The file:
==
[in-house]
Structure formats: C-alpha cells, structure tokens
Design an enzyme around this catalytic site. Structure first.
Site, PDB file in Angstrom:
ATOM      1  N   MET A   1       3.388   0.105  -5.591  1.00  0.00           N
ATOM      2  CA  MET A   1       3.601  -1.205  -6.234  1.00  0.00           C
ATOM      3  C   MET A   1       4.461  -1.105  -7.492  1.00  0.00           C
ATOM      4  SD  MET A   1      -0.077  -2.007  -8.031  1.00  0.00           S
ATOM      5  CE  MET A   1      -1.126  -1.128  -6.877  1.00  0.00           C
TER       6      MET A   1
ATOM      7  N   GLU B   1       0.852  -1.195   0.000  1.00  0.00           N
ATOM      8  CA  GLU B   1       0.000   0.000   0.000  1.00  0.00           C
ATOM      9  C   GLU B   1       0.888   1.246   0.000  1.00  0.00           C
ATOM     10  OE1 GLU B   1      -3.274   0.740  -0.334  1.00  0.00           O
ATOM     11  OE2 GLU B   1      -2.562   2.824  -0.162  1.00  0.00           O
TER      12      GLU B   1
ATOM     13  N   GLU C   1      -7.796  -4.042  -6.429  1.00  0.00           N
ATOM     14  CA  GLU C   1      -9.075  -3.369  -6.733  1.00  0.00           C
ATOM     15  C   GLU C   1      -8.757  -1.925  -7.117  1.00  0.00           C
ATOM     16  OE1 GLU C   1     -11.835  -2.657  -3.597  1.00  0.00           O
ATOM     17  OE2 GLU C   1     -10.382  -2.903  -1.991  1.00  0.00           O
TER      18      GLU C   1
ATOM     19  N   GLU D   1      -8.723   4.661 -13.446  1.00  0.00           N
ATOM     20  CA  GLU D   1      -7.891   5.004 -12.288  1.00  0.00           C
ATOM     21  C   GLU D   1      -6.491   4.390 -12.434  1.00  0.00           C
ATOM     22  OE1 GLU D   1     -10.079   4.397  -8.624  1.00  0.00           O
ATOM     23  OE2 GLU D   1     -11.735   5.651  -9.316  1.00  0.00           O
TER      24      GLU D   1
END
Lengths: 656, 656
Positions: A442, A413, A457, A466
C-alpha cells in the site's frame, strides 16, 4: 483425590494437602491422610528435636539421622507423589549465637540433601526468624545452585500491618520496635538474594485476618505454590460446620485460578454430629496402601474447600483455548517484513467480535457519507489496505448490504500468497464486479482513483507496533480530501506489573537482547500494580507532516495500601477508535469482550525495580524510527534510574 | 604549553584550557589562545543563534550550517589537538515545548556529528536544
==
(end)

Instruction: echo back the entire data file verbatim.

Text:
[in-house]
Structure formats: C-alpha cells, structure tokens
Design an enzyme around this catalytic site. Structure first.
Site, PDB file in Angstrom:
ATOM      1  N   MET A   1       3.388   0.105  -5.591  1.00  0.00           N
ATOM      2  CA  MET A   1       3.601  -1.205  -6.234  1.00  0.00           C
ATOM      3  C   MET A   1       4.461  -1.105  -7.492  1.00  0.00           C
ATOM      4  SD  MET A   1      -0.077  -2.007  -8.031  1.00  0.00           S
ATOM      5  CE  MET A   1      -1.126  -1.128  -6.877  1.00  0.00           C
TER       6      MET A   1
ATOM      7  N   GLU B   1       0.852  -1.195   0.000  1.00  0.00           N
ATOM      8  CA  GLU B   1       0.000   0.000   0.000  1.00  0.00           C
ATOM      9  C   GLU B   1       0.888   1.246   0.000  1.00  0.00           C
ATOM     10  OE1 GLU B   1      -3.274   0.740  -0.334  1.00  0.00           O
ATOM     11  OE2 GLU B   1      -2.562   2.824  -0.162  1.00  0.00           O
TER      12      GLU B   1
ATOM     13  N   GLU C   1      -7.796  -4.042  -6.429  1.00  0.00           N
ATOM     14  CA  GLU C   1      -9.075  -3.369  -6.733  1.00  0.00           C
ATOM     15  C   GLU C   1      -8.757  -1.925  -7.117  1.00  0.00           C
ATOM     16  OE1 GLU C   1     -11.835  -2.657  -3.597  1.00  0.00           O
ATOM     17  OE2 GLU C   1     -10.382  -2.903  -1.991  1.00  0.00           O
TER      18      GLU C   1
ATOM     19  N   GLU D   1      -8.723   4.661 -13.446  1.00  0.00           N
ATOM     20  CA  GLU D   1      -7.891   5.004 -12.288  1.00  0.00           C
ATOM     21  C   GLU D   1      -6.491   4.390 -12.434  1.00  0.00           C
ATOM     22  OE1 GLU D   1     -10.079   4.397  -8.624  1.00  0.00           O
ATOM     23  OE2 GLU D   1     -11.735   5.651  -9.316  1.00  0.00           O
TER      24      GLU D   1
END
Lengths: 656, 656
Positions: A442, A413, A457, A466
C-alpha cells in the site's frame, strides 16, 4: 483425590494437602491422610528435636539421622507423589549465637540433601526468624545452585500491618520496635538474594485476618505454590460446620485460578454430629496402601474447600483455548517484513467480535457519507489496505448490504500468497464486479482513483507496533480530501506489573537482547500494580507532516495500601477508535469482550525495580524510527534510574 | 604549553584550557589562545543563534550550517589537538515545548556529528536544